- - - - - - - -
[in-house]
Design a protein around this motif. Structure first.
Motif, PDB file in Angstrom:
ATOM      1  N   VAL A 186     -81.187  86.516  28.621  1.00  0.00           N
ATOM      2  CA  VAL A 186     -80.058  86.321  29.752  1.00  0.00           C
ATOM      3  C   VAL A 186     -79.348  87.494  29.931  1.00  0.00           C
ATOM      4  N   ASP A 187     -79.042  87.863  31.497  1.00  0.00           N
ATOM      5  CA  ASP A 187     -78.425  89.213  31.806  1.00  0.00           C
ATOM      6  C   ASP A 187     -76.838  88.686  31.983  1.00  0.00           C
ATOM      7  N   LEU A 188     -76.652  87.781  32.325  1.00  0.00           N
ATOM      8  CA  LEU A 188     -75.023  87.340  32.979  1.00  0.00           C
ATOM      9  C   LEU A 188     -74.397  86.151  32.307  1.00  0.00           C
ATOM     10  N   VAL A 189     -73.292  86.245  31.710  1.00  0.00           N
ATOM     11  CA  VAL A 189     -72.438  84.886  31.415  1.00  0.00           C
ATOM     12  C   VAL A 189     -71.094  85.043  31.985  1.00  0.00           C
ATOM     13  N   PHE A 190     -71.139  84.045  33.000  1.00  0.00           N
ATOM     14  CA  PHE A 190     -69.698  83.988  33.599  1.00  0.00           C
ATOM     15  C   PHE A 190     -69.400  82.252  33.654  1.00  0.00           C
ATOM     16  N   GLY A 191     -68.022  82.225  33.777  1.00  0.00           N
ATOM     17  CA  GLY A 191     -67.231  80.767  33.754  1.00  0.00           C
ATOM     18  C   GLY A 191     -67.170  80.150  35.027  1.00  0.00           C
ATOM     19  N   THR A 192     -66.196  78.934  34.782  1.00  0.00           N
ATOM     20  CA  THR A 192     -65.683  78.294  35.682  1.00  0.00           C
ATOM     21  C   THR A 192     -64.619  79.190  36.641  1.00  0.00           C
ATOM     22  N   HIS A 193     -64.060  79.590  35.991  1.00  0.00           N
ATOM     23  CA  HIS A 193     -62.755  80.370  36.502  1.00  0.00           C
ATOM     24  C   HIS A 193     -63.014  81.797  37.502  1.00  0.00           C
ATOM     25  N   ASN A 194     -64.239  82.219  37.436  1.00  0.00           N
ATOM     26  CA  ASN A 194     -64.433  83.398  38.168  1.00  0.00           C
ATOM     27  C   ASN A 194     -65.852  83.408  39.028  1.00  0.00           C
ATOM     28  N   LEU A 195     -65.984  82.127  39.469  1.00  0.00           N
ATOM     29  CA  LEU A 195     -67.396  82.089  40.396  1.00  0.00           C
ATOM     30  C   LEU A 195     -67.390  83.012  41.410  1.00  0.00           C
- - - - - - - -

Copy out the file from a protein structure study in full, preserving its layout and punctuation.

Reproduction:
[in-house]
Design a protein around this motif. Structure first.
Motif, PDB file in Angstrom:
ATOM      1  N   VAL A 186     -81.187  86.516  28.621  1.00  0.00           N
ATOM      2  CA  VAL A 186     -80.058  86.321  29.752  1.00  0.00           C
ATOM      3  C   VAL A 186     -79.348  87.494  29.931  1.00  0.00           C
ATOM      4  N   ASP A 187     -79.042  87.863  31.497  1.00  0.00           N
ATOM      5  CA  ASP A 187     -78.425  89.213  31.806  1.00  0.00           C
ATOM      6  C   ASP A 187     -76.838  88.686  31.983  1.00  0.00           C
ATOM      7  N   LEU A 188     -76.652  87.781  32.325  1.00  0.00           N
ATOM      8  CA  LEU A 188     -75.023  87.340  32.979  1.00  0.00           C
ATOM      9  C   LEU A 188     -74.397  86.151  32.307  1.00  0.00           C
ATOM     10  N   VAL A 189     -73.292  86.245  31.710  1.00  0.00           N
ATOM     11  CA  VAL A 189     -72.438  84.886  31.415  1.00  0.00           C
ATOM     12  C   VAL A 189     -71.094  85.043  31.985  1.00  0.00           C
ATOM     13  N   PHE A 190     -71.139  84.045  33.000  1.00  0.00           N
ATOM     14  CA  PHE A 190     -69.698  83.988  33.599  1.00  0.00           C
ATOM     15  C   PHE A 190     -69.400  82.252  33.654  1.00  0.00           C
ATOM     16  N   GLY A 191     -68.022  82.225  33.777  1.00  0.00           N
ATOM     17  CA  GLY A 191     -67.231  80.767  33.754  1.00  0.00           C
ATOM     18  C   GLY A 191     -67.170  80.150  35.027  1.00  0.00           C
ATOM     19  N   THR A 192     -66.196  78.934  34.782  1.00  0.00           N
ATOM     20  CA  THR A 192     -65.683  78.294  35.682  1.00  0.00           C
ATOM     21  C   THR A 192     -64.619  79.190  36.641  1.00  0.00           C
ATOM     22  N   HIS A 193     -64.060  79.590  35.991  1.00  0.00           N
ATOM     23  CA  HIS A 193     -62.755  80.370  36.502  1.00  0.00           C
ATOM     24  C   HIS A 193     -63.014  81.797  37.502  1.00  0.00           C
ATOM     25  N   ASN A 194     -64.239  82.219  37.436  1.00  0.00           N
ATOM     26  CA  ASN A 194     -64.433  83.398  38.168  1.00  0.00           C
ATOM     27  C   ASN A 194     -65.852  83.408  39.028  1.00  0.00           C
ATOM     28  N   LEU A 195     -65.984  82.127  39.469  1.00  0.00           N
ATOM     29  CA  LEU A 195     -67.396  82.089  40.396  1.00  0.00           C
ATOM     30  C   LEU A 195     -67.390  83.012  41.410  1.00  0.00           C